SKIN MELANOMA IMAGING
The gold standard for diagnosing melanoma, a deadly skin cancer, is the biopsy. However, this procedure can cause skin trauma and is not always reliable. Photoacoustic imaging (PAI) has a great potential to noninvasively image the skin by combining the high contrast of optical imaging with the depth potential of ultrasound imaging. Previous PAI studies on melanoma use melanin as an endogenous contrast agent. However, melanin is found in both benign nevi and melanoma. Thus, we have developed an exogenous contrast agent using an organic fluorescent dye conjugated to a melanoma-specific biomarker for better specificity and sensitivity. The fluorescent dye is an indocyanine based dye (IRDye800cw) that is nontoxic, is small enough to penetrate through tumor bulk, and can effectively be cleared from the body. The biomarker is a galectin-3 antibody that binds to galectin-3, a protein that has been shown to be significantly higher in primary cutaneous melanoma cells. We call this approach the Specific Melanoma Antigen Radiomics of Tumors with PhotoAcoustic Imaging (S.M.A.R.T. – PAI).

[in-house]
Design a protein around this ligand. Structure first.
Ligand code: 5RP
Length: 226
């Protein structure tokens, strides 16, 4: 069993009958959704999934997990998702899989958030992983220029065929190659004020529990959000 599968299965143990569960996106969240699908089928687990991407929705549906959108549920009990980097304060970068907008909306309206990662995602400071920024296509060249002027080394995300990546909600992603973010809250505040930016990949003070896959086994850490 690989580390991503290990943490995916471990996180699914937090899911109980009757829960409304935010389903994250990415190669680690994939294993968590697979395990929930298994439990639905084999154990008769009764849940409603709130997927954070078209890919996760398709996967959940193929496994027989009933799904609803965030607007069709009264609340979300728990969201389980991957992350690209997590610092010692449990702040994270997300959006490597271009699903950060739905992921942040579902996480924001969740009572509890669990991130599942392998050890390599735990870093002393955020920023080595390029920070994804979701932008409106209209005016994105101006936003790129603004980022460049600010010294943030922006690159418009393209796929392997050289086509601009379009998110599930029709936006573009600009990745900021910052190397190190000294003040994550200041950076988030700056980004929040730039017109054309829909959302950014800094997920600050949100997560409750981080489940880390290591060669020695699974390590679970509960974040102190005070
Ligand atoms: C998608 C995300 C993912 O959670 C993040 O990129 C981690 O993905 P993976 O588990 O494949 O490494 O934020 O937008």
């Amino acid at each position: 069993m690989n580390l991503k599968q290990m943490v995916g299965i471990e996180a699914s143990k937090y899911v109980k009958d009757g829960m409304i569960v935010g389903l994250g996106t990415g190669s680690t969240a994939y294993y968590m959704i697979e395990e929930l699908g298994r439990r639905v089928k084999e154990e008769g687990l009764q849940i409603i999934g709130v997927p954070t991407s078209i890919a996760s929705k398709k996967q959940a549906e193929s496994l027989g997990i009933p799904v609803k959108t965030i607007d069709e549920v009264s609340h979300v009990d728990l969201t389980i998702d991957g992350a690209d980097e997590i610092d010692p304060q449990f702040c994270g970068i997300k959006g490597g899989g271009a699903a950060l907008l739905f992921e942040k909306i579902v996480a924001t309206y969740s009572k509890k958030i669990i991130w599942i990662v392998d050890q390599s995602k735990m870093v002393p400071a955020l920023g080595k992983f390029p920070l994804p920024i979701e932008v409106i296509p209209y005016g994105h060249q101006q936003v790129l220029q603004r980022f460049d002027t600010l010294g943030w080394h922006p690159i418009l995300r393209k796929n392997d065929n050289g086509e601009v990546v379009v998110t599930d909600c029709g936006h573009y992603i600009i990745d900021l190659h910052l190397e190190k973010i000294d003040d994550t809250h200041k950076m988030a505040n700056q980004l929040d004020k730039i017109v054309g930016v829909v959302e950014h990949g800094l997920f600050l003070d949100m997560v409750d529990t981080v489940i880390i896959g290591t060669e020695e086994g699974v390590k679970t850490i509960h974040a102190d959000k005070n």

E. Jalilian et al., “Contrast‐enhanced optical coherence tomography for melanoma detection: An in vitro study”, In preparation (available upon request)
K. Kratkiewicz et al., “Photoacoustic/ultrasound/optical coherence tomography evaluation of melanoma lesion and healthy skin in a Swine model”, Sensors 19 (12), 2815 (2019)